Apple is denying charges made by the Department of Justice that it colluded with publishers to fix the prices of e-books.

In a statement, Apple said that the charges made by Justice are not true, and that the introduction of the agency model — in which publishers, not retailers set the price of e-books — was of great benefit to the industry.

Apple spokesman Tom Neumayr sent the following statement to the Post:

“The DOJ’s accusation of collusion against Apple is simply not true. The launch of the iBookstore in 2010 fostered innovation and competition, breaking Amazon’s monopolistic grip on the publishing industry. Since then customers have benefited from eBooks that are more interactive and engaging. Just as we’ve allowed developers to set prices on the App Store, publishers set prices on the iBookstore.”

It’s pretty clear that Apple is thinking along the same lines as the other publishers who are fighting the Justice charges and even some of the publishers who settled with Justice.

HarperCollins, which agreed to settle with Justice, listed several aspects of the publishing industry it attributes directly to the agency model in a statement sent to news organizations on Wednesday.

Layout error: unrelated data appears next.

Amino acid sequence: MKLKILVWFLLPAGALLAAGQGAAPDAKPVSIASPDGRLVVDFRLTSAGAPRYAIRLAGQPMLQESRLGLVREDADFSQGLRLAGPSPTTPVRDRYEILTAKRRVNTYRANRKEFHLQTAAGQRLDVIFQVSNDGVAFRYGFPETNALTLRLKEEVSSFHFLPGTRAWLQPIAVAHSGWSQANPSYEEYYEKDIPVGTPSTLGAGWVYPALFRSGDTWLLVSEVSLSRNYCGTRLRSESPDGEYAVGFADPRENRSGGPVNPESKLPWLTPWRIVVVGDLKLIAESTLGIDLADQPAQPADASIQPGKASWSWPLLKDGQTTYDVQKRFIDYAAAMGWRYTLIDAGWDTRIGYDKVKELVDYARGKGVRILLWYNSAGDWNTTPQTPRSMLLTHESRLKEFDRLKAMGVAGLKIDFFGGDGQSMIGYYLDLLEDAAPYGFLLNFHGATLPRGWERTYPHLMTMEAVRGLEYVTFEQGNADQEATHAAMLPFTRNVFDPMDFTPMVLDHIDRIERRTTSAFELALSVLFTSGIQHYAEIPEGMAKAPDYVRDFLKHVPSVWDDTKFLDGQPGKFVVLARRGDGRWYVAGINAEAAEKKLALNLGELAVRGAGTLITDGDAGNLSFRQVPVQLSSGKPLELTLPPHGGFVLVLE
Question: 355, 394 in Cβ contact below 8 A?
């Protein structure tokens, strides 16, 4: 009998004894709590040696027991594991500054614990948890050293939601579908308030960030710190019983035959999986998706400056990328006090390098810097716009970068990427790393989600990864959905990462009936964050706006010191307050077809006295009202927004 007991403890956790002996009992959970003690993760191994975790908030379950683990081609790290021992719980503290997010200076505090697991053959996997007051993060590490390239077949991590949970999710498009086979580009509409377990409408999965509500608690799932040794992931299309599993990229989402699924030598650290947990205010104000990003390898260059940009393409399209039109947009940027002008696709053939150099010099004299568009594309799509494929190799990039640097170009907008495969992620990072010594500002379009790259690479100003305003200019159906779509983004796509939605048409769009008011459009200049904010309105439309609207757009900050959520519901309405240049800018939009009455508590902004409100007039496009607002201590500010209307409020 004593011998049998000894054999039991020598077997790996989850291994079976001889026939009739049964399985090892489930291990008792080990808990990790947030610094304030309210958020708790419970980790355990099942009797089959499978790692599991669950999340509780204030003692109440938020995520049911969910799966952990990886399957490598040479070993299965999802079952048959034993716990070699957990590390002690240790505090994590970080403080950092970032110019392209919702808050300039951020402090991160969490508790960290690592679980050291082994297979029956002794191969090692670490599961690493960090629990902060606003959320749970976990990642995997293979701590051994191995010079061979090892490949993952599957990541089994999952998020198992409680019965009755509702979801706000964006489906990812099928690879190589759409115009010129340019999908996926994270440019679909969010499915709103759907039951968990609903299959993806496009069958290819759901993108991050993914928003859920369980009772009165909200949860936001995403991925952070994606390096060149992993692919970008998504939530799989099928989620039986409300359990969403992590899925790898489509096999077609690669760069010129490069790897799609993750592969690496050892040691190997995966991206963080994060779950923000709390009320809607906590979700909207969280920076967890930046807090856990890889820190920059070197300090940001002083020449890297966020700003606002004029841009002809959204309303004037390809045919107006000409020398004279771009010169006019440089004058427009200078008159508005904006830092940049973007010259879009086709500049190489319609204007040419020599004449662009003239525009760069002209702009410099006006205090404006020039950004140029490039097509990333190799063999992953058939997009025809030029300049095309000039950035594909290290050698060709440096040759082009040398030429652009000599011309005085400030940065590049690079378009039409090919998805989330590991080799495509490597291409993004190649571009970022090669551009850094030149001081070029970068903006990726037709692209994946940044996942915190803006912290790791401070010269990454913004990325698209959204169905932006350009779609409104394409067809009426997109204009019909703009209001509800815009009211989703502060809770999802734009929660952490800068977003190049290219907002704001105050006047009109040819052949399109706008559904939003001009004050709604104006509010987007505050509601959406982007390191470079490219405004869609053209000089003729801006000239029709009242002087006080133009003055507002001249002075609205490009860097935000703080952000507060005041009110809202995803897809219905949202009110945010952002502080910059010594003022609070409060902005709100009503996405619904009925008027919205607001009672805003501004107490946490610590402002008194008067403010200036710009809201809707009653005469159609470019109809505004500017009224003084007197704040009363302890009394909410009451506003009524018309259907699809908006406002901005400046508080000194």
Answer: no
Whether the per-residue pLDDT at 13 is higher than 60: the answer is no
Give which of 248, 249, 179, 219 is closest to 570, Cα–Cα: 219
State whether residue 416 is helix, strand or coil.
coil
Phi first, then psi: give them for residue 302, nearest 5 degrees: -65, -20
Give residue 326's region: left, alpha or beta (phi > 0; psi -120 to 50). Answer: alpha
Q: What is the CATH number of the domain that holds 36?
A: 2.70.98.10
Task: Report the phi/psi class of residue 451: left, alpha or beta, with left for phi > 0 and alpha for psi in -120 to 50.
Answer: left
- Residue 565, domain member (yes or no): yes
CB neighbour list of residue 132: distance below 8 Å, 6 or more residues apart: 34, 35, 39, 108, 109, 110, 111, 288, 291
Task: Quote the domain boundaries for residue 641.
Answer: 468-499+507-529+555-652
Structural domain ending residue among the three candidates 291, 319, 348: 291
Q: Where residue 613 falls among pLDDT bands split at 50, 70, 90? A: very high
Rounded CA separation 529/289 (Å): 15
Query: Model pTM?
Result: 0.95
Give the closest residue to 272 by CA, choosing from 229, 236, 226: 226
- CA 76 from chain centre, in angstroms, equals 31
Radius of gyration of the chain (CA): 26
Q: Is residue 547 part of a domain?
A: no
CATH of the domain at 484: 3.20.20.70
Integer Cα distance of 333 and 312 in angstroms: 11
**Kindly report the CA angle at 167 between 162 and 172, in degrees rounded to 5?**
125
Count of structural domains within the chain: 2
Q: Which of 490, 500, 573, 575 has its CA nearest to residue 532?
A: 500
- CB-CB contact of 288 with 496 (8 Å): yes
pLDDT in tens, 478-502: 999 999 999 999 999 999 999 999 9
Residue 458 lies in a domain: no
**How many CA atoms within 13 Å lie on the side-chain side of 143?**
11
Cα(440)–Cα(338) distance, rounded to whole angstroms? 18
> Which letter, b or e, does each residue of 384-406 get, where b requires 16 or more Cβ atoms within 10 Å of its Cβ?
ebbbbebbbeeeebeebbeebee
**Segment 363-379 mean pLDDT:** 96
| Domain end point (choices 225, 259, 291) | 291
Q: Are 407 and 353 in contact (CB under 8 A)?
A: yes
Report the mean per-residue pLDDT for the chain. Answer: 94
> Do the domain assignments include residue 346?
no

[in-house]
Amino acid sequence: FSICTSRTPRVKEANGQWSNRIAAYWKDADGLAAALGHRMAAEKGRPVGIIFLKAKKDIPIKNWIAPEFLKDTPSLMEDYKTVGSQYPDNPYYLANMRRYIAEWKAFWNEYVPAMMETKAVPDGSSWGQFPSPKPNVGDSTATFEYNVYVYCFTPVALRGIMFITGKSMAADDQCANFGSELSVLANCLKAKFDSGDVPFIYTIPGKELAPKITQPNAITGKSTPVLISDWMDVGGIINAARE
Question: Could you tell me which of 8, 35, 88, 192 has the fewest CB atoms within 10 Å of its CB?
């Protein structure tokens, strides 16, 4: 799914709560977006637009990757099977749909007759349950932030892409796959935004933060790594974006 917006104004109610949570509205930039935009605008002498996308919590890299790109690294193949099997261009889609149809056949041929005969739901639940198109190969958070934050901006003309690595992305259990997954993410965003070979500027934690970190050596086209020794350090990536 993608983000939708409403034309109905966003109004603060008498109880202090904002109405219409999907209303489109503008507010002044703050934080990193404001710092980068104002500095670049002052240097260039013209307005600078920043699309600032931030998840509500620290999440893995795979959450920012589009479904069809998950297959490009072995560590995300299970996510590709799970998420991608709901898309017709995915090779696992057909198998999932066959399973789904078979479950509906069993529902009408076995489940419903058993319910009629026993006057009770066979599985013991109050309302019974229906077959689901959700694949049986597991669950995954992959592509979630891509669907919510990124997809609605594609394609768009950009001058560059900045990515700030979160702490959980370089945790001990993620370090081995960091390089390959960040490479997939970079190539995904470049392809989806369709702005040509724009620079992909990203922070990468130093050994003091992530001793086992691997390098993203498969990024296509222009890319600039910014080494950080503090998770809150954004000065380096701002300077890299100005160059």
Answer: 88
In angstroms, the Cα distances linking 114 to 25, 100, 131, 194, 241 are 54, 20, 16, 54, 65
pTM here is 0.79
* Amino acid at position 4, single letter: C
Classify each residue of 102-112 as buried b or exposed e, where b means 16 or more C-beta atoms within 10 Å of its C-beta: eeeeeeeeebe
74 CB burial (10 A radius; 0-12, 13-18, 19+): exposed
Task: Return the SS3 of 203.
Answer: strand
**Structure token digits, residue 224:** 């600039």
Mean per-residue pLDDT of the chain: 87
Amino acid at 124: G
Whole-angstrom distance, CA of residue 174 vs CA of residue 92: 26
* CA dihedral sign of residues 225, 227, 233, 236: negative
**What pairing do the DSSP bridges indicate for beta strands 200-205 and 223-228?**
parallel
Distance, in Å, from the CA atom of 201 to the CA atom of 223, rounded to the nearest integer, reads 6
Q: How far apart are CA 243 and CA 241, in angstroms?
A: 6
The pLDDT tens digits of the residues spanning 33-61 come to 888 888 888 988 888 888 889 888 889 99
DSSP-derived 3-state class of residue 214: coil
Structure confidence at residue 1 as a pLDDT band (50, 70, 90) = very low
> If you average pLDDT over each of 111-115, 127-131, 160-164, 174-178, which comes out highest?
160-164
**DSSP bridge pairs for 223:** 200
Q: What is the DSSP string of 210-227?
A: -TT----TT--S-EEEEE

“After HarperCollins adopted the agency model in 2010, the e-book market exploded giving consumers more choices of devices, formats and prices that would never have existed but for the agency model,” the company said. The publisher’s examples include the launch of the Barnes and Noble Nook Book Store, the introduction of new e-reader devices and the rise of enhanced e-books, which incorporate video and audio. The statement doesn’t explain how, exactly, the agency model enabled all these developments, though the implication is that it shook up the industry enough to help other companies compete with the industry’s leading force, Amazon.

The case has the potential to dramatically shift the e-book market, and consumers will likely see prices of the electronic titles drop, as the three publishers who have settled — Hachette, HarperCollins and Simon & Schuster — aren’t allowed to constrain retailer discounts for two years. Penguin and Macmillan have said they will not settle.

According to a report from Reuters, Apple, Simon & Schuster, HarperCollins, Hachette and MacMillan parent company Verlagsgruppe Georg von Holtzbrinck have all sent proposals to the European Union trying to resolve an anti-trust probe in Europe.

Joaquin Alumnia, the E.U.’s competition chief, told Reuters that it is in “fruitful discussions” with the companies and that its suggestions will need to be assessed by third parties. He said investigation into Penguin, which is also named in the E.U. probe, is ongoing.

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